Guidelines for chronic obstructive lung disease over-diagnose older men and under-diagnose younger women, claim two UK respiratory experts.
They claim that up to 13% of people thought to have COPD under the Global Initiative for Obstructive Lung Disease (GOLD) are actually misdiagnosed because it is too simple and does not account for other factors.
The GOLD guidelines should be modified argue Professor Martin Miller, from the Institute of Occupational and Environmental Medicine at Birmingham University, and Dr Mark Levy, from Harrow Clinical Commissioning Group.
“Patients with misdiagnosed COPD are exposed to these risks for no benefit”
Martin Miller & Mark Levy
In the meantime, they suggest that clinicians should use alternative, internationally agreed standards when assessing patients for COPD, which they say would lead to more accurate diagnosis and reduce admissions resulting from misdiagnosis and inappropriate therapy.
GOLD was published in 2011 and uses a simple diagnostic threshold for airway obstruction of a post-bronchodilator FEV1/FVC of <0.7, but with no account taken of age, sex, or other factors.
It was subsequently adopted by the National Institute for Health and Care Excellence in its 2010 COPD guidance, replacing the previously accepted lower limits of normal (LLN) criteria for FEV1/FVC.
However, the GOLD definition estimates COPD prevalence at 22% in those aged over 40 years in England and Wales, compared with 13% using LLN criteria, argue Professor Miller and Dr Levy.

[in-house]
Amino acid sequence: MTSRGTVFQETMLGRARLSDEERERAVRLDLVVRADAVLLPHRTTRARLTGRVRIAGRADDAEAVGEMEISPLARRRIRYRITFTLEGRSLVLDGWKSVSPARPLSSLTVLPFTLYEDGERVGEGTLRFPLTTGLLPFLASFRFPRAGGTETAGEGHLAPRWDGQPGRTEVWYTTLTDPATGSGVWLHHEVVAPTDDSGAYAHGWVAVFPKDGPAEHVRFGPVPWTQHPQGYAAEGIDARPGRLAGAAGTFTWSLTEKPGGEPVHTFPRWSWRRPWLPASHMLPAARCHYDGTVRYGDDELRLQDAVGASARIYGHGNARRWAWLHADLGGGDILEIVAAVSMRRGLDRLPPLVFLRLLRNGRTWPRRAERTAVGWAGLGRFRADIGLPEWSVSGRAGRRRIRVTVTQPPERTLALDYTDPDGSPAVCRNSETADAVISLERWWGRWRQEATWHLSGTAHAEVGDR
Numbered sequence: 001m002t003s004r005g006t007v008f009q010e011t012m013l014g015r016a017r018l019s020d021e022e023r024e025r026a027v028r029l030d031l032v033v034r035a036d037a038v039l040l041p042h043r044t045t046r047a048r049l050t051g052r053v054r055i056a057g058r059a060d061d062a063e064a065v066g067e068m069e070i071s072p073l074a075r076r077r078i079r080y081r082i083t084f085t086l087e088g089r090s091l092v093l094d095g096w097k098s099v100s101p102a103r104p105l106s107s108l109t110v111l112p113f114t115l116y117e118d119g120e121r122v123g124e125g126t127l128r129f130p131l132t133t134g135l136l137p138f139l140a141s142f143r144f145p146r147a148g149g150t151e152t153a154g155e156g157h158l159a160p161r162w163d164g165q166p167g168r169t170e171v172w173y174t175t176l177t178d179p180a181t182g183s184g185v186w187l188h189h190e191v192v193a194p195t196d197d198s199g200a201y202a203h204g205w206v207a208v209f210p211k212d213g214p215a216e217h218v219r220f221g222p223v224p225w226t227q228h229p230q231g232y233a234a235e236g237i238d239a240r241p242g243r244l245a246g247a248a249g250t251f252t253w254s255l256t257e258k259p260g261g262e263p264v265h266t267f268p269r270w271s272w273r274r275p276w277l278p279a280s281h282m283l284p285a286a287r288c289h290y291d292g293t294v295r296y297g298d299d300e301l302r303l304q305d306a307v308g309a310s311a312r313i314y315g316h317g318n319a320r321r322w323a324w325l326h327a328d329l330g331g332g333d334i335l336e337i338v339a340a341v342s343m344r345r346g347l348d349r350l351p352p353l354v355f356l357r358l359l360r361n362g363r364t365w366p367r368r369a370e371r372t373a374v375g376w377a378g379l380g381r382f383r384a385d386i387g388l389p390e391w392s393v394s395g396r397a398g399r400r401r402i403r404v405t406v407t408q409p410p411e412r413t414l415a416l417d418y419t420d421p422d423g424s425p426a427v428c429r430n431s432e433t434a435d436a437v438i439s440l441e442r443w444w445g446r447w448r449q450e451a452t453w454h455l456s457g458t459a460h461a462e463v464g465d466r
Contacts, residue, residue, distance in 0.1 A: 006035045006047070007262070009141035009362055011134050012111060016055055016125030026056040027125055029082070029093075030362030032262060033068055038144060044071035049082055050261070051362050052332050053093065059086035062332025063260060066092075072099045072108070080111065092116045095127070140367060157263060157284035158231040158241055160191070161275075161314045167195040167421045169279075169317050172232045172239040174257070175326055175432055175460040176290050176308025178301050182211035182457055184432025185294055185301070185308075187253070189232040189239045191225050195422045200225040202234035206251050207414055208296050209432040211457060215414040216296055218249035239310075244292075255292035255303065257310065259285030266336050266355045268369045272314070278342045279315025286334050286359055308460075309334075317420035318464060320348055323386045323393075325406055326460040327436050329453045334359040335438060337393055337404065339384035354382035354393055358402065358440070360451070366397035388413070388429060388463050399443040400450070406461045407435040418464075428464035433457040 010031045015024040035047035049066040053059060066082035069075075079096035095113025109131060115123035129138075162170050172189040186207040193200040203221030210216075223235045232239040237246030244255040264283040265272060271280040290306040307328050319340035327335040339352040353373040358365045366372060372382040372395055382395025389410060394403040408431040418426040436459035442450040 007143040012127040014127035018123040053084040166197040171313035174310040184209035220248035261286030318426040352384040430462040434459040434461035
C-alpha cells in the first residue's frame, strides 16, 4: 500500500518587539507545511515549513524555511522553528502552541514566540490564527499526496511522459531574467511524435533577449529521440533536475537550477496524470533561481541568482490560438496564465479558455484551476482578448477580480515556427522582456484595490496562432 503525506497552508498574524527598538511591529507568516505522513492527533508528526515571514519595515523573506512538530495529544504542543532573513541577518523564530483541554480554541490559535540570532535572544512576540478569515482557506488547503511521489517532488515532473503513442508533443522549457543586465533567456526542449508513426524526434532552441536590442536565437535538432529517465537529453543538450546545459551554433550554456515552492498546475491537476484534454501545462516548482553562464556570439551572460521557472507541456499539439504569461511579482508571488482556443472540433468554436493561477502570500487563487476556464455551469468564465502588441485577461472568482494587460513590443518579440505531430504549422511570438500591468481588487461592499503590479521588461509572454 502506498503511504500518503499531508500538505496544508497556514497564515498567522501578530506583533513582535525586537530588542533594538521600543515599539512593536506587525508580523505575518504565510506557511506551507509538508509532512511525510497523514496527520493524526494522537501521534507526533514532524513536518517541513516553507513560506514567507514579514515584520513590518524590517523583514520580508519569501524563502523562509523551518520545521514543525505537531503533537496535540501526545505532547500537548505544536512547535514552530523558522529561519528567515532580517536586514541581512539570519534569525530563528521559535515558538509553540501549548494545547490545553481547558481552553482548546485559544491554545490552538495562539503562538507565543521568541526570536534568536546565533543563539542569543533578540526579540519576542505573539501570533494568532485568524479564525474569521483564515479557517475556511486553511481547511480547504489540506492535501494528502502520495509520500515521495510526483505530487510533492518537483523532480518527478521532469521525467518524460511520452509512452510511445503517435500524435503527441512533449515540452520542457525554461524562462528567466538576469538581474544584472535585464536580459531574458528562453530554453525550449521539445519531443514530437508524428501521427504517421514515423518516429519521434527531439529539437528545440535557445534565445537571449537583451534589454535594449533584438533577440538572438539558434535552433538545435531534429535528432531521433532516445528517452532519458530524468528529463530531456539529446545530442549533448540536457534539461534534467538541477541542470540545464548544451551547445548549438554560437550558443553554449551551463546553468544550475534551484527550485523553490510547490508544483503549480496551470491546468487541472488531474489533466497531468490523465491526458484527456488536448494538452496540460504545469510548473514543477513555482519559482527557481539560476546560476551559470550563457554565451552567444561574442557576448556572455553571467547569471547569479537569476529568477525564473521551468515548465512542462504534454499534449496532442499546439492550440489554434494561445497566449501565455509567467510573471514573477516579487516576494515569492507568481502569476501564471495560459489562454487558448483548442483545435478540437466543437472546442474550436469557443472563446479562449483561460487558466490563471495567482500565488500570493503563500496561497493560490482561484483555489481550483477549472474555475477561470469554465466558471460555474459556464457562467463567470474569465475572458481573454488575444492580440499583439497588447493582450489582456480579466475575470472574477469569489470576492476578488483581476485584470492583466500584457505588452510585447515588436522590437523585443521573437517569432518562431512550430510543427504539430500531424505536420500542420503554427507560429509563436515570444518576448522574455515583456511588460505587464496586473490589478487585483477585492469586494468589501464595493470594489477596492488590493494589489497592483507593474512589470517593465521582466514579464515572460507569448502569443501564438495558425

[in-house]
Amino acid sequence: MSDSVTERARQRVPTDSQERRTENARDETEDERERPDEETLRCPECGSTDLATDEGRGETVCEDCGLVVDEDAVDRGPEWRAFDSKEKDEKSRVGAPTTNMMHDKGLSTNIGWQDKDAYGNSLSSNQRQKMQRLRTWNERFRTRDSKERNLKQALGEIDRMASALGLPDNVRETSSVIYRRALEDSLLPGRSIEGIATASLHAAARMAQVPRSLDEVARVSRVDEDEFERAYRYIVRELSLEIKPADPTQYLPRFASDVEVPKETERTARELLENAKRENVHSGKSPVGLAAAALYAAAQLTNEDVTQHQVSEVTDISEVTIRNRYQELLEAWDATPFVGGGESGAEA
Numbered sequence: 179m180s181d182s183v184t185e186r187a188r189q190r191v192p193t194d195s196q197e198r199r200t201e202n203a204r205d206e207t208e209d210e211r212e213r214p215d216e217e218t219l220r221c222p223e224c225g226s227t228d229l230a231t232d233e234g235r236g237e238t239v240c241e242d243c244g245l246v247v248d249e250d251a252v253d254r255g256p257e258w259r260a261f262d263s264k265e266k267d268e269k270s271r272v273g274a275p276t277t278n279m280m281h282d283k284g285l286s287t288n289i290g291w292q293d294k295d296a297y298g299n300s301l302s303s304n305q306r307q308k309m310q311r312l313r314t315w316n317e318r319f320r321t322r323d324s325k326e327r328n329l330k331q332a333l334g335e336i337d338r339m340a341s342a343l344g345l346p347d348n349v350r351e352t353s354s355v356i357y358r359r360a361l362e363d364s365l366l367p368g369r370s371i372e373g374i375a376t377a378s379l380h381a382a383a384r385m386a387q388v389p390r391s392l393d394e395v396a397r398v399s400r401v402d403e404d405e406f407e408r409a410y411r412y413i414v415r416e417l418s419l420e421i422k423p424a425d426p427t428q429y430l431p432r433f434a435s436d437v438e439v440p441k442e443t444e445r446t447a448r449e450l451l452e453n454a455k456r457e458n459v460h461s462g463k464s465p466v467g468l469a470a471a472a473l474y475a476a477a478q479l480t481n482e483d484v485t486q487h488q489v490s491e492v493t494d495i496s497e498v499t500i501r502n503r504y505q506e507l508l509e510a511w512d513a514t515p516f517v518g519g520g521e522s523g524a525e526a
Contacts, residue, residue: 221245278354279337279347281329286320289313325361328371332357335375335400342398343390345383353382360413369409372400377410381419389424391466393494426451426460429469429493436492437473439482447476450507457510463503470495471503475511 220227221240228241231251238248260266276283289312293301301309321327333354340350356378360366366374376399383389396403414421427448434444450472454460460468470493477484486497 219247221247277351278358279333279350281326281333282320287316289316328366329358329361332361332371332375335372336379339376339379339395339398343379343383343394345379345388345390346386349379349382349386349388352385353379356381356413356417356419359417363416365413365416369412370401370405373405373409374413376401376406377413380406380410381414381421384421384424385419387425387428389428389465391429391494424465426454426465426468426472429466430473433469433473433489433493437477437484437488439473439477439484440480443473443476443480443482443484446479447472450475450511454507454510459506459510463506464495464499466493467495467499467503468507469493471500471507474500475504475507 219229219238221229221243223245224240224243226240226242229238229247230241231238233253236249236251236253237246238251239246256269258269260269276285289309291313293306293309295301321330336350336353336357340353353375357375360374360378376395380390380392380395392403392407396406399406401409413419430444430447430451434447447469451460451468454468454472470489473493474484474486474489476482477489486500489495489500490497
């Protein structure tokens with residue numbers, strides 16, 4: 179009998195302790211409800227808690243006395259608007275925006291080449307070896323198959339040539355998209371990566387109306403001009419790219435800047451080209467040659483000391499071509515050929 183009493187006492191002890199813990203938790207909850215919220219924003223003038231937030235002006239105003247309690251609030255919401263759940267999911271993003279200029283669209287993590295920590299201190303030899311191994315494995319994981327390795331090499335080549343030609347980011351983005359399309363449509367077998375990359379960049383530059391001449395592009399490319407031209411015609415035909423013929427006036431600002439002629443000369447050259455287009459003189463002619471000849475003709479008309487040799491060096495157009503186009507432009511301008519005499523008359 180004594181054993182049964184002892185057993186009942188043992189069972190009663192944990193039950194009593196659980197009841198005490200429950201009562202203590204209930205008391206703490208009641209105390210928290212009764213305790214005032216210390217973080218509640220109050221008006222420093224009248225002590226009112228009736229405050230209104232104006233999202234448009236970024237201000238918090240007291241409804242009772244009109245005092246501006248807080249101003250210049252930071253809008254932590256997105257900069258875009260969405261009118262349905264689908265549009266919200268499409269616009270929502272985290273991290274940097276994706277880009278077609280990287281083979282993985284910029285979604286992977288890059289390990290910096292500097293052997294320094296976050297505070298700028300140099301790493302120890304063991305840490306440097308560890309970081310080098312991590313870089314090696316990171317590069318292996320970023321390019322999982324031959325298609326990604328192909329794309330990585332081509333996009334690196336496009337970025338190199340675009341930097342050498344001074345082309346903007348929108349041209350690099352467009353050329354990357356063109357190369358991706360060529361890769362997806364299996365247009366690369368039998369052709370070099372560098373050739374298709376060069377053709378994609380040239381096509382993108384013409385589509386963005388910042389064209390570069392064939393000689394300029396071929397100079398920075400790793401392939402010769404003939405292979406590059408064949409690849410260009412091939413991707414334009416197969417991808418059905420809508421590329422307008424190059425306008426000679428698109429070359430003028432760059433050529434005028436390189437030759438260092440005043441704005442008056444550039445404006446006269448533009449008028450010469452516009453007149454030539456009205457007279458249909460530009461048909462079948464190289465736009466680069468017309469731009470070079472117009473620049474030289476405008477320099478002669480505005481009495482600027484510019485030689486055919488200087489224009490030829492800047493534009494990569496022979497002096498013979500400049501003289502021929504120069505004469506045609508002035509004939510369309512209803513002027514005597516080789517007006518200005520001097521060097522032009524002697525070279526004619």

Research also shows that it misses one in eight cases of airflow obstruction identified by the LLN, particularly among younger women, they added.
Meanwhile, they quoted other studies suggesting that up to 13% of people thought to have COPD on GOLD criteria have been found to be misdiagnosed.
Misdiagnosing patients may lead to poorer outcomes “because of adverse effects of inappropriate medication or incorrect treatment”, they warned.
For example, they suggest that people meeting only the GOLD criteria for COPD have a higher prevalence of heart disease than people who meet both LLN and GOLD criteria.
Furthermore, use of inhaler treatment increases the likelihood of developing severe pneumonia.
“Patients with misdiagnosed COPD are exposed to these risks for no benefit,” they wrote in the British Medical Journal.
They said NICE guidelines and the GOLD strategy documents “should be modified because they over-diagnose COPD in older men while missing the possibility of diagnosing heart disease; they also under-diagnose COPD in young women”.
They argue that clinicians should use the LLN instead when assessing patients for COPD.
They said: “Adoption of this criterion, which is programmed into most spirometry software, will help to improve patient care through more accurate diagnosis of obstructive airflow diseases as well as leading to other investigations for alternative diagnoses when appropriate.
“Clinics focusing on breathless patients should consider including echocardiography and other cardiovascular investigations as well as spirometry to ensure correct diagnosis,” they added.